Why Peter Berg, why?
Mark Wahlberg and Peter Berg have made some great movies together in the past. Lone Survivor, Deepwater Horizon and Patriot’s Day are all well-made and well-acted films. Their fourth film together, Mile 22, belongs nowhere near that list.
Honestly, it’s hard to comprehend how this one even got made.
Wahlberg plays James Silva, easily the most annoying character to appear in a movie in 2018, as Wahlberg is trying to channel his inner Ben Affleck from The Accountant and portray Silva as a highly deranged, unstable military nut.
The only problem is that Wahlberg can’t do that nearly as well as Affleck, at least not in Mile 22, and it just comes off as laughably bad. There’s a repeated shot of Wahlberg snapping a rubber band around his wrist that began to drive me insane as it’s thrown into the movie so many times.
Even though Silva is borderline psychotic, he’s in charge of a secret government team known as Overwatch. They’re like any other undercover secret-ops team you’ve seen in a million other movies — basically, they’re just there to do the dirty work.
Again, almost to an offensive, or at least questionable, degree. There are scenes in which people ask their boss for permission to kill someone, act sad when they don’t get it and then smile and laugh when they do. The body count winds up being pretty ridiculous by the time the credits roll.
After some highly explosive chemical weapons are stolen, Silva is giving a new mission: he has to protect the one man who knows where they are.
Li Noor (Ikow Uwais of The Raid) is an Indonesian police officer who has, somehow (I don’t think it’s ever actually explained how), got his hands on the location of the explosive materials. He’s willing to hand them over to the United States government on one condition: they get him out of this country.
Noor has made some enemies while living in Indonesia, as the entire government wants him dead and will stop at nothing to do so.
And, because this movie needs some kind of ticking clock conflict, Noor thought it’d be a good idea to give the Americans a deadline. Either they get him out of the country in eight hours, or the information is lost forever. I get why Noor might want some kind of bargaining chip, but having a self-destructive button like this makes no sense when there are a billion people out to kill him and Wahlberg’s team is the only one protecting him.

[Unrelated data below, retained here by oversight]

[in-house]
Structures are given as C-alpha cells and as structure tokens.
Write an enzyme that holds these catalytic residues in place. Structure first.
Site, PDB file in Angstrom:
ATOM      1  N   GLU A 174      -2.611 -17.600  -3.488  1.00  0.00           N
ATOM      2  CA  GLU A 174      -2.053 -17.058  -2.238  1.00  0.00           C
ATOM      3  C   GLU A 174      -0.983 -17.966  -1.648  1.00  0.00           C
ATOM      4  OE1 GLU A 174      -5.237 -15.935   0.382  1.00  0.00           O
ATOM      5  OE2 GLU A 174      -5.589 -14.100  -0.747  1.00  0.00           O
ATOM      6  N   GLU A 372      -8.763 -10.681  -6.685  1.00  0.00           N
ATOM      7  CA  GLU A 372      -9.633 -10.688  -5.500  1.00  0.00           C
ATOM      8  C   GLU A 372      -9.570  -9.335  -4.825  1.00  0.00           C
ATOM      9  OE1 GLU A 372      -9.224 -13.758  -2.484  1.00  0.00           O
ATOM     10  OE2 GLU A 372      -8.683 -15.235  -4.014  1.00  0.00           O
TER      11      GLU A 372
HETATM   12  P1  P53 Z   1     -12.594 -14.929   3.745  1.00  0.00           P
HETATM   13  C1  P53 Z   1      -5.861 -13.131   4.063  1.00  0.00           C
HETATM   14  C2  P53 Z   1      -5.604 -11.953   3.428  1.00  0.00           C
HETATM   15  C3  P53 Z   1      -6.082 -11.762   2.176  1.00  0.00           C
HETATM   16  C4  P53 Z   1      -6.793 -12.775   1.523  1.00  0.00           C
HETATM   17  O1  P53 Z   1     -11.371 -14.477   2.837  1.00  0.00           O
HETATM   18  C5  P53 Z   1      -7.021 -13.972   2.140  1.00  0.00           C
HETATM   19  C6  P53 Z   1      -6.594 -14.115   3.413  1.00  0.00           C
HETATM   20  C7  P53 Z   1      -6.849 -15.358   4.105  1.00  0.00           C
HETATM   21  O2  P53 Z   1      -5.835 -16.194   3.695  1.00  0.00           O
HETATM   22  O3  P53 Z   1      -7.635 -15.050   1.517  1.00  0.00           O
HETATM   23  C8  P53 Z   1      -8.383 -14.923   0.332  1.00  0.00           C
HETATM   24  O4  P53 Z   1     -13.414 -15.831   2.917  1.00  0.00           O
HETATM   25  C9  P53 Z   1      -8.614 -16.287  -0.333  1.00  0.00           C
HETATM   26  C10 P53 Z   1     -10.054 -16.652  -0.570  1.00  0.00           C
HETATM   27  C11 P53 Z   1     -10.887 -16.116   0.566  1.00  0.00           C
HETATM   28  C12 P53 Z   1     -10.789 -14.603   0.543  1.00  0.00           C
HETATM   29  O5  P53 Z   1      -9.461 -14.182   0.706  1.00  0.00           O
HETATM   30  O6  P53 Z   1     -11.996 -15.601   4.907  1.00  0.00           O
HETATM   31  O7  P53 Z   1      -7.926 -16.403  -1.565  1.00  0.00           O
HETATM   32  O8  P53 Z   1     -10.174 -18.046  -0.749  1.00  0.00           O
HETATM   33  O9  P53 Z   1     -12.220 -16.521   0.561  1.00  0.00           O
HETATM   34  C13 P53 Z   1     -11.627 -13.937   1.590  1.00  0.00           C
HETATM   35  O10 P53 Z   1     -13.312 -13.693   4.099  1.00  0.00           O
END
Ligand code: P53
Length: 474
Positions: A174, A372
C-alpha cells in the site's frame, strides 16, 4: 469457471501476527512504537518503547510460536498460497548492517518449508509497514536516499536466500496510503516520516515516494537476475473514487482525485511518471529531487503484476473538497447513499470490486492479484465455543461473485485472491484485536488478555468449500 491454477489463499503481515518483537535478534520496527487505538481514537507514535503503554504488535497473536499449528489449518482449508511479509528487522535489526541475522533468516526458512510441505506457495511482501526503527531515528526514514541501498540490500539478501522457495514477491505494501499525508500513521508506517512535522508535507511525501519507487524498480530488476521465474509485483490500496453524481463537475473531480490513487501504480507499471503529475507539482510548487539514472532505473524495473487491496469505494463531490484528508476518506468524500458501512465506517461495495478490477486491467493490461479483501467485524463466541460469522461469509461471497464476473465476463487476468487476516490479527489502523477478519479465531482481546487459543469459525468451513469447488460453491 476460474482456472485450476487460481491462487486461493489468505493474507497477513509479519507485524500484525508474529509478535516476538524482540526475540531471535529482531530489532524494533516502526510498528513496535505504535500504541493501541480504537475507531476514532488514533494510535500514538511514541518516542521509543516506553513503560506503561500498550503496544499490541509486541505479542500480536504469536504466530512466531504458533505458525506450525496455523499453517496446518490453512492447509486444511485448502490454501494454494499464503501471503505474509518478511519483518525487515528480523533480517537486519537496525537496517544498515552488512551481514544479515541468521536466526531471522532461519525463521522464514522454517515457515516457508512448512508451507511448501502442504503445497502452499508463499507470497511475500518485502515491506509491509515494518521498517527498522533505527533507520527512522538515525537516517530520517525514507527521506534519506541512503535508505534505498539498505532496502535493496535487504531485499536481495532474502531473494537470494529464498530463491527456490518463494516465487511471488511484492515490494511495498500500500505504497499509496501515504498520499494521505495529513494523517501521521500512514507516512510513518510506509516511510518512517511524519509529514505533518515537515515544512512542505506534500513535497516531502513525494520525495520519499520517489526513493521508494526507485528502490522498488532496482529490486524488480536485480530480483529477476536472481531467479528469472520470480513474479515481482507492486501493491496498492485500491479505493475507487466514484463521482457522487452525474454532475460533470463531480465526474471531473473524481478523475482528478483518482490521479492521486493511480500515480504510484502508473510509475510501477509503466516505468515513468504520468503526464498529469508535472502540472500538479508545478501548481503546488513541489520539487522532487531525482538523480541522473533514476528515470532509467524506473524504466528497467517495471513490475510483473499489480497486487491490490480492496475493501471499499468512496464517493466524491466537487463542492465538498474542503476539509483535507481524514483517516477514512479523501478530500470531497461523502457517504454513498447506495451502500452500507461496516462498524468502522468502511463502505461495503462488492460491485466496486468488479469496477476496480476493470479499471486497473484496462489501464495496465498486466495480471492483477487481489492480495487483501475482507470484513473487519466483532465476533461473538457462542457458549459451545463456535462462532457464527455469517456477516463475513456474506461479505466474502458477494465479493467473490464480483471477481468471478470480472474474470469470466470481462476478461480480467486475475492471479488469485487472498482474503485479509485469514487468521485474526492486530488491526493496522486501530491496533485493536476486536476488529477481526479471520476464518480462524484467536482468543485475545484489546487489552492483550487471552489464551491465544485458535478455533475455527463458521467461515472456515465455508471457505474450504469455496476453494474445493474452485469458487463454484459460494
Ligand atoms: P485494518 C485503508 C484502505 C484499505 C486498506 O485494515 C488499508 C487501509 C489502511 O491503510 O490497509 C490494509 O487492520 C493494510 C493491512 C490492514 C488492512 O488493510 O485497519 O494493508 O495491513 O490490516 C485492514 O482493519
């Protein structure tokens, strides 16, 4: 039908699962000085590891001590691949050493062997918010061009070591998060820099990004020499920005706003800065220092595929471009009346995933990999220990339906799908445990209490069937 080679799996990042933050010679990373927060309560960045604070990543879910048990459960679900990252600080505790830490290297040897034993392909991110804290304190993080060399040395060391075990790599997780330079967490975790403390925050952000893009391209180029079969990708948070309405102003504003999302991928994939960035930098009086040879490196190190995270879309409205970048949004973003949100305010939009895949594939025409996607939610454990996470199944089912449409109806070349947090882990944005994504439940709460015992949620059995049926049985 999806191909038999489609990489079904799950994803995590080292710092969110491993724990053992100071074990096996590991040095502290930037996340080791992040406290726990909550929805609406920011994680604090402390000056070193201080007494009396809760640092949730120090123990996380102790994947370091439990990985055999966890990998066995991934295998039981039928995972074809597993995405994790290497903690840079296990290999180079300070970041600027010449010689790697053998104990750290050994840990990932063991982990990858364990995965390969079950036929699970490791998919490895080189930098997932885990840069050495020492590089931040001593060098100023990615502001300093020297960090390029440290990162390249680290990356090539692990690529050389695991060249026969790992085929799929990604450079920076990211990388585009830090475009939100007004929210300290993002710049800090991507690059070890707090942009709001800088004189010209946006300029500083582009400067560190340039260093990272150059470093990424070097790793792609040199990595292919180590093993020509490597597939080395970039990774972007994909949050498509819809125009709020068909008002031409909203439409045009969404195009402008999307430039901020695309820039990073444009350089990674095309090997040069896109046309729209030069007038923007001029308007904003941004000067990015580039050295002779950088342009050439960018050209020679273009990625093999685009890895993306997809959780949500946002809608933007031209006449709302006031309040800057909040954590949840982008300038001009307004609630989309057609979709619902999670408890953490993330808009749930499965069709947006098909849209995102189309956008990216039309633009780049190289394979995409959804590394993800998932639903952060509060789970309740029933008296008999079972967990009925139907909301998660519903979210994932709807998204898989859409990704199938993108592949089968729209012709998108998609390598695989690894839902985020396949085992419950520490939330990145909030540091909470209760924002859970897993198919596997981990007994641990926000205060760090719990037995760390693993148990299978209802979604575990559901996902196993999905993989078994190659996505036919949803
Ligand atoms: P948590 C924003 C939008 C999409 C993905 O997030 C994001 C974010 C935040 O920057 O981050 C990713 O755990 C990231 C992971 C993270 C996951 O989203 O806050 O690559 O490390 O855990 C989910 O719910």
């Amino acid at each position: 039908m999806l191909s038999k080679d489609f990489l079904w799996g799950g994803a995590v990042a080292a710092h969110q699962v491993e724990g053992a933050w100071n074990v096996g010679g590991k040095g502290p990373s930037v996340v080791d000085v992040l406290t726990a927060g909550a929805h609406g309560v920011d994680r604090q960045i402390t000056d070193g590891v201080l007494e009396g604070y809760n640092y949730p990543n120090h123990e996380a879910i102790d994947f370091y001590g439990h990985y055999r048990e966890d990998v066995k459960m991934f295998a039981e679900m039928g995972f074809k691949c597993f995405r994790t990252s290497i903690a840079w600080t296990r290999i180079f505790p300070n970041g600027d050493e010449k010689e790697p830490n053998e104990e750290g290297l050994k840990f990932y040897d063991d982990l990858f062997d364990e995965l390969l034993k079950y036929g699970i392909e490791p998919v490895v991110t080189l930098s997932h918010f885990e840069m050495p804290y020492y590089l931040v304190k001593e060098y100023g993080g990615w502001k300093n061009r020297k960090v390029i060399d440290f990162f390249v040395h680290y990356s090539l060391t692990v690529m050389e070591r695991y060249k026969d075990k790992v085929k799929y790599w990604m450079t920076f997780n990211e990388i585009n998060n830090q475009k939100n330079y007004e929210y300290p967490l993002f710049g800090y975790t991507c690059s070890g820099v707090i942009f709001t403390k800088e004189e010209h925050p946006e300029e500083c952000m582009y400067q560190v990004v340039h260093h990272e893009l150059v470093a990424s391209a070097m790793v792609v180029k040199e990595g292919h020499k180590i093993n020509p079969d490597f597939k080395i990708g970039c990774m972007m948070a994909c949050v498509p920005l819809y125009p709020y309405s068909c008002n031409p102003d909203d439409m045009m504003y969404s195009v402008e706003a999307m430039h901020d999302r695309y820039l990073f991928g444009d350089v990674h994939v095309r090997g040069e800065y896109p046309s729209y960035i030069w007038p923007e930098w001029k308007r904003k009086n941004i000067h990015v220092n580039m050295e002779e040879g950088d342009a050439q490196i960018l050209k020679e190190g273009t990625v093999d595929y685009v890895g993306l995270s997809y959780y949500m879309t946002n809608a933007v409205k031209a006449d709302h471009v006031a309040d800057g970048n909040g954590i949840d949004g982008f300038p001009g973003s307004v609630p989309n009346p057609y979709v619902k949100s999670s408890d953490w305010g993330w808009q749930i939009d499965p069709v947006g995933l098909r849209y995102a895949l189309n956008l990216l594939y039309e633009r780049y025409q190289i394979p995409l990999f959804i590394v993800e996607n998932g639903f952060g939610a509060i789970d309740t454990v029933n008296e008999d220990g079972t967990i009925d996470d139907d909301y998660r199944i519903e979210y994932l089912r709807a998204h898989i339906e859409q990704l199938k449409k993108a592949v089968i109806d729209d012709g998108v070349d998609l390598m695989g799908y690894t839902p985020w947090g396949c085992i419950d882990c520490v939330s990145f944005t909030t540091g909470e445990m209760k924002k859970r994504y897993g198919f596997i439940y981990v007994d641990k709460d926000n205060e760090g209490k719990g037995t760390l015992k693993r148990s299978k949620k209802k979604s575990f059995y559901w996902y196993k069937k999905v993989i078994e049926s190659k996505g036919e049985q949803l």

Anyways, Noor’s plane is 22 miles away and there’s danger on every corner.
Not that we can see anything that’s actually happening during Mile 22. The worst part of this movie isn’t the lack of story structure, the subplot involving Lauren Cohan’s daughter and some random text messaging app or the fact that a character actually says “say hello to your mother for me” to Mark Wahlberg (I’m dead serious). It’s the shaky camera.
I don’t know, maybe I was being optimistic, but I thought the days of shaky camera and quick cuts died after John Wick came out. Paul Greengrass introduced the technique with The Bourne Identity — one of the few movies where it actually worked — and then the million copy-cats that followed turned it into a headache-inducing technique.
Apparently, Berg is a big fan, as he brings it back with a vengeance here.
All of the action scenes are so up-close, choppy and edited that it’s nearly impossible to tell anything that’s going on during these moments. The Raid is one of the best-choreographed action movies of all time and that’s largely in part because of Uwais’s stunt work, but you can’t actually make out anything that the actor is doing in Mile 22 because it’s put together so poorly.
Apart from the first ten minutes of the film, that is. I’d heard the complaints about Mile 22 before walking into the theater on Sunday, so I was pleasantly surprised when the movie kicked off on a rather intense and competently put together note. The cold-open is one that’s actually fairly impressive and had me thinking that all the other critics might be wrong on this one.
They weren’t. As soon as that’s over and Mile 22 remembers that it actually has a story to tell, this thing falls apart in a few minutes of itself.
The weird thing is that it actually seems like the filmmakers all thought they were being funny and clever when making this movie. Wahlberg, bless his soul, is playing up all his lines about having some kind of mental disorder that makes him crazy for laughs. Again, he’s clearly trying to channel The Accountant here and turn his typical badass soldier persona into something a little more unique, but the execution and delivery are so bad that it’s more offensive than anything.
Then there’s the ending. Don’t even get me started on the ending. It’s bad. Obviously, I’m not going to go into details for spoiler's sake (even though you really shouldn’t care, because you really shouldn’t waste time on this movie), but it’s really bad. The only part of Mile 22 that’s actually funny (unintentionally so) is during these final few moments, when they actually have the guts to try and set this thing up for a sequel.
No way in hell does this thing get a sequel.
The highest compliment I can pay Mile 22 is it’s short runtime, coming it at just 90 minutes. I’m grateful for that because I didn’t want to sit through any more of that. Mile 22 misses just about every mark that it’s trying to hit — which really is a shame because there are so many talented people involved in this project. Not just Wahlberg, Berg and Uwais, but Lauren Cohan, Ronda Rousey and John Malkovich too.
That’s right, Ronda Rousey and Ikow Uwais show up in the same movie and they don’t even fight each other. What a waste.
Watch the trailer for Mile 22 here and then let us know, in the comments below, what you thought of the movie!
'Mile 22' review: The shaky cam will give you a headache3